Elizabeth Haynes

Elizabeth Haynes

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Books by Elizabeth Haynes

Q&A with Elizabeth Haynes

How would you sum up your novel in one line?

It's about the darker side of relationships and friendships, and about what happens when nobody believes what you know to be true.

What inspired you to tell this particular tale?

I'm always very interested in how ordinary people react when their lives begin to unravel. We take for granted that feeling of being in control of our lives, of being safe, and I wanted to explore what it would be like to have that assurance taken away. The central character in the story, Catherine, lives with OCD - which provides her with some measure of control in a life which has become controlled by other people. Through the book it becomes increasingly unclear who Catherine can trust, if anyone – and if she can trust and believe in her own judgement.

What are you currently reading?

I'm reading Michelle Paver's Dark Matter – brilliantly written and utterly terrifying.

What is your favourite book of all time?

I've spent a long time gazing at my bookshelves and pondering this one. I read a lot and I usually end up with one 'book of the year' which I know I'll read again and again. The favourite of these is probably William Brodrick's The Sixth Lamentation. My favourite non-fiction book is Paul Britton's The Jigsaw Man – I feel like I learn something every time I read it.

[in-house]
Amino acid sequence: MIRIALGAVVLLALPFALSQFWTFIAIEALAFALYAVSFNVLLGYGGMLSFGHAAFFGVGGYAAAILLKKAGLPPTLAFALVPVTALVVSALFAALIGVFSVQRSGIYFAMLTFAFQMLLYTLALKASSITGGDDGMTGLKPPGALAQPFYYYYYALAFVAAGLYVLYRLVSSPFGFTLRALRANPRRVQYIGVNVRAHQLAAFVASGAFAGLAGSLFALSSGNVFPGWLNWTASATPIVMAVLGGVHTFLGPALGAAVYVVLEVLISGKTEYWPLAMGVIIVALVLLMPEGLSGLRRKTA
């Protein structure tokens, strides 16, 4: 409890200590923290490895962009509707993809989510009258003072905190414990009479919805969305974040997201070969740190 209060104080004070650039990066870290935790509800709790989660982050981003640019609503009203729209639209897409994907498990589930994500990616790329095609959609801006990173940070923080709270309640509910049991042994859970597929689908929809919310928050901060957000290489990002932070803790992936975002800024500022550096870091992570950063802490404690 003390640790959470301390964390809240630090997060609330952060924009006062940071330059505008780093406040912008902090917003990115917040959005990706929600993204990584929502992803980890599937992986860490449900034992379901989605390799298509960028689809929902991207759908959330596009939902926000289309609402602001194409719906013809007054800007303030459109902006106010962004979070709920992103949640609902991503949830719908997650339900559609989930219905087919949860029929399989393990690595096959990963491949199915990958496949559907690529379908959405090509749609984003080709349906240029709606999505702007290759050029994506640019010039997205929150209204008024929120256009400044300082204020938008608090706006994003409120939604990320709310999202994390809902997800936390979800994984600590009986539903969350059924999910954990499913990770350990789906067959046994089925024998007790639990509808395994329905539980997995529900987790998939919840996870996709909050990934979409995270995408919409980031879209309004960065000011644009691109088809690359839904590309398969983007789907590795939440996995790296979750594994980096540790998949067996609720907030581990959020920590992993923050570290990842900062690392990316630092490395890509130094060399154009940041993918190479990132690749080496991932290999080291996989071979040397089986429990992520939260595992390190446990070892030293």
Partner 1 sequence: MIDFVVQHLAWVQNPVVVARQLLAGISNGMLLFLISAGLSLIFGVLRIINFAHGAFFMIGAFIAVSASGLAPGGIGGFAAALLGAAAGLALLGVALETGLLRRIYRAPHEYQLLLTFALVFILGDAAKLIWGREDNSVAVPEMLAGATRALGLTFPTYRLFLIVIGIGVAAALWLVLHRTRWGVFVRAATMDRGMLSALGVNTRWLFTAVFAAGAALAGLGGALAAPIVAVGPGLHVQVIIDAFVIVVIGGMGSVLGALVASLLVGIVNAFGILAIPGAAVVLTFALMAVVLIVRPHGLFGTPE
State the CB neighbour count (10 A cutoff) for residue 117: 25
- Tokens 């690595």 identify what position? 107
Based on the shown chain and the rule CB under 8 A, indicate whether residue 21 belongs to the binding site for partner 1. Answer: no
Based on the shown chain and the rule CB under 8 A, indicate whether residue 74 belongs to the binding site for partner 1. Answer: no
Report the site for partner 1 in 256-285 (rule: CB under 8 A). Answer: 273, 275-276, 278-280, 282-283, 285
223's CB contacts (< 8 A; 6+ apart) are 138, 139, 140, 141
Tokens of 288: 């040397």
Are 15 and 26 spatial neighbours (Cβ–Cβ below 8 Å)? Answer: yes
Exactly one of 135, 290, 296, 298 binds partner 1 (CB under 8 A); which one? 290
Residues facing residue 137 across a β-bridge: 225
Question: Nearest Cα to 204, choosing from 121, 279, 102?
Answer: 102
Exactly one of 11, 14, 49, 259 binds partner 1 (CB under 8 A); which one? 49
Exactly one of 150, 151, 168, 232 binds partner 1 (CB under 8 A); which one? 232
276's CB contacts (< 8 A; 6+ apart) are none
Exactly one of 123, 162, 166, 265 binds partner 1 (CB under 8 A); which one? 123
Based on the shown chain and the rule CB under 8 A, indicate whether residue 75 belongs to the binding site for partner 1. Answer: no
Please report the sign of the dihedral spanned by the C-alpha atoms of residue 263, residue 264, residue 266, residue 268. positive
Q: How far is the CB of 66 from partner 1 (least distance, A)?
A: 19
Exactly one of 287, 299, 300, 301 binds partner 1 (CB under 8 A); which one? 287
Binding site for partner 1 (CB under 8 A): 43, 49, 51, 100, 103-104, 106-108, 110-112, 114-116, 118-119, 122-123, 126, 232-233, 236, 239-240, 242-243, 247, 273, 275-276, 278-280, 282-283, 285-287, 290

What are you working on now?

I'm editing my second novel, called The Revenge of the Tide. It's a thriller set on a boat moored on the River Medway.

What advice would you give to aspiring authors?

I know it's stating the obvious, but you're never going to get anything published unless you submit your work. You have to be brave to share things you've written, as by its very nature the creative process is deeply personal. Show your writing to as many people as you can, go on creative writing courses, join a writing group; listen to feedback and learn from everything; take each setback as a 'not yet' rather than a 'no'. Writing is like every skill, it takes a lot of practice to be good, but having the desire to write and the drive to keep going is what will give you the opportunities for success.

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